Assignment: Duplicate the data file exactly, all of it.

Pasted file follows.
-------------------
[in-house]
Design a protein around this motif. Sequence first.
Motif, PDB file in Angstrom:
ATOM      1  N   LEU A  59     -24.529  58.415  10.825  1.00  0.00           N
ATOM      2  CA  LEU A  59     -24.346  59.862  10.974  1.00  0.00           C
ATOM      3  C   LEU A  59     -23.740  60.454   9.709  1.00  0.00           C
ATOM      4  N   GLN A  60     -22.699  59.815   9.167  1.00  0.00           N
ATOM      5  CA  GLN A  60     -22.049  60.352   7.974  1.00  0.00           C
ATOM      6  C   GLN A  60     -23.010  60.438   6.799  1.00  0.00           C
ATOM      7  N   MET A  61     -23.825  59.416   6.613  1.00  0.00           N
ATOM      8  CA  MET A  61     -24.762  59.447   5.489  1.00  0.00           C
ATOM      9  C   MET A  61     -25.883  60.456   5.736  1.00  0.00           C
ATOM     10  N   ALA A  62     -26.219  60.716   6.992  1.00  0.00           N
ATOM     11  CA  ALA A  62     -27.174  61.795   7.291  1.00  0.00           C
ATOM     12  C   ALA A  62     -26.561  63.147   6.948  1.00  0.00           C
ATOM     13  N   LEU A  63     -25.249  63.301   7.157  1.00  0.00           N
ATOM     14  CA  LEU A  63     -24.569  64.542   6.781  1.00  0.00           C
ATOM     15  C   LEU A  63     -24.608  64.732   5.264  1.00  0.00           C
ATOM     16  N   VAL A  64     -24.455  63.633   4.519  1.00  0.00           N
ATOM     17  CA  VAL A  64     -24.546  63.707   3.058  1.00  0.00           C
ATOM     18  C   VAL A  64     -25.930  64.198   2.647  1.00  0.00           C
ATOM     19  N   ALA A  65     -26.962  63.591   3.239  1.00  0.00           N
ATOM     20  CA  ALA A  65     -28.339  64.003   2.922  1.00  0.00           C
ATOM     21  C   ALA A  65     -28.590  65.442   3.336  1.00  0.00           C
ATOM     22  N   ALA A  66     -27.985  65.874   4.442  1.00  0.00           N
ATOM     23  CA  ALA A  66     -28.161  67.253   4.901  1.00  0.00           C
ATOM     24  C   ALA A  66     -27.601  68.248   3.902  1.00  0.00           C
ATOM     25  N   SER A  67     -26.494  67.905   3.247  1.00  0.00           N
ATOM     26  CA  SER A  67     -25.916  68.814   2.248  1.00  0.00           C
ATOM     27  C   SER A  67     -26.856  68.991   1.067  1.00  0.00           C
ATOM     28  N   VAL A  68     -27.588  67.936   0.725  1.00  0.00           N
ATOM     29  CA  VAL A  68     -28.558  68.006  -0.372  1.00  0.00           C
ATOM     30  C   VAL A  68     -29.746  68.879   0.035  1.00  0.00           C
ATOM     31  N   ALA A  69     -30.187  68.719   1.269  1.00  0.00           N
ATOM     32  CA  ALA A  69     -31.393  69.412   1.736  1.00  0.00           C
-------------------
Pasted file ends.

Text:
[in-house]
Design a protein around this motif. Sequence first.
Motif, PDB file in Angstrom:
ATOM      1  N   LEU A  59     -24.529  58.415  10.825  1.00  0.00           N
ATOM      2  CA  LEU A  59     -24.346  59.862  10.974  1.00  0.00           C
ATOM      3  C   LEU A  59     -23.740  60.454   9.709  1.00  0.00           C
ATOM      4  N   GLN A  60     -22.699  59.815   9.167  1.00  0.00           N
ATOM      5  CA  GLN A  60     -22.049  60.352   7.974  1.00  0.00           C
ATOM      6  C   GLN A  60     -23.010  60.438   6.799  1.00  0.00           C
ATOM      7  N   MET A  61     -23.825  59.416   6.613  1.00  0.00           N
ATOM      8  CA  MET A  61     -24.762  59.447   5.489  1.00  0.00           C
ATOM      9  C   MET A  61     -25.883  60.456   5.736  1.00  0.00           C
ATOM     10  N   ALA A  62     -26.219  60.716   6.992  1.00  0.00           N
ATOM     11  CA  ALA A  62     -27.174  61.795   7.291  1.00  0.00           C
ATOM     12  C   ALA A  62     -26.561  63.147   6.948  1.00  0.00           C
ATOM     13  N   LEU A  63     -25.249  63.301   7.157  1.00  0.00           N
ATOM     14  CA  LEU A  63     -24.569  64.542   6.781  1.00  0.00           C
ATOM     15  C   LEU A  63     -24.608  64.732   5.264  1.00  0.00           C
ATOM     16  N   VAL A  64     -24.455  63.633   4.519  1.00  0.00           N
ATOM     17  CA  VAL A  64     -24.546  63.707   3.058  1.00  0.00           C
ATOM     18  C   VAL A  64     -25.930  64.198   2.647  1.00  0.00           C
ATOM     19  N   ALA A  65     -26.962  63.591   3.239  1.00  0.00           N
ATOM     20  CA  ALA A  65     -28.339  64.003   2.922  1.00  0.00           C
ATOM     21  C   ALA A  65     -28.590  65.442   3.336  1.00  0.00           C
ATOM     22  N   ALA A  66     -27.985  65.874   4.442  1.00  0.00           N
ATOM     23  CA  ALA A  66     -28.161  67.253   4.901  1.00  0.00           C
ATOM     24  C   ALA A  66     -27.601  68.248   3.902  1.00  0.00           C
ATOM     25  N   SER A  67     -26.494  67.905   3.247  1.00  0.00           N
ATOM     26  CA  SER A  67     -25.916  68.814   2.248  1.00  0.00           C
ATOM     27  C   SER A  67     -26.856  68.991   1.067  1.00  0.00           C
ATOM     28  N   VAL A  68     -27.588  67.936   0.725  1.00  0.00           N
ATOM     29  CA  VAL A  68     -28.558  68.006  -0.372  1.00  0.00           C
ATOM     30  C   VAL A  68     -29.746  68.879   0.035  1.00  0.00           C
ATOM     31  N   ALA A  69     -30.187  68.719   1.269  1.00  0.00           N
ATOM     32  CA  ALA A  69     -31.393  69.412   1.736  1.00  0.00           C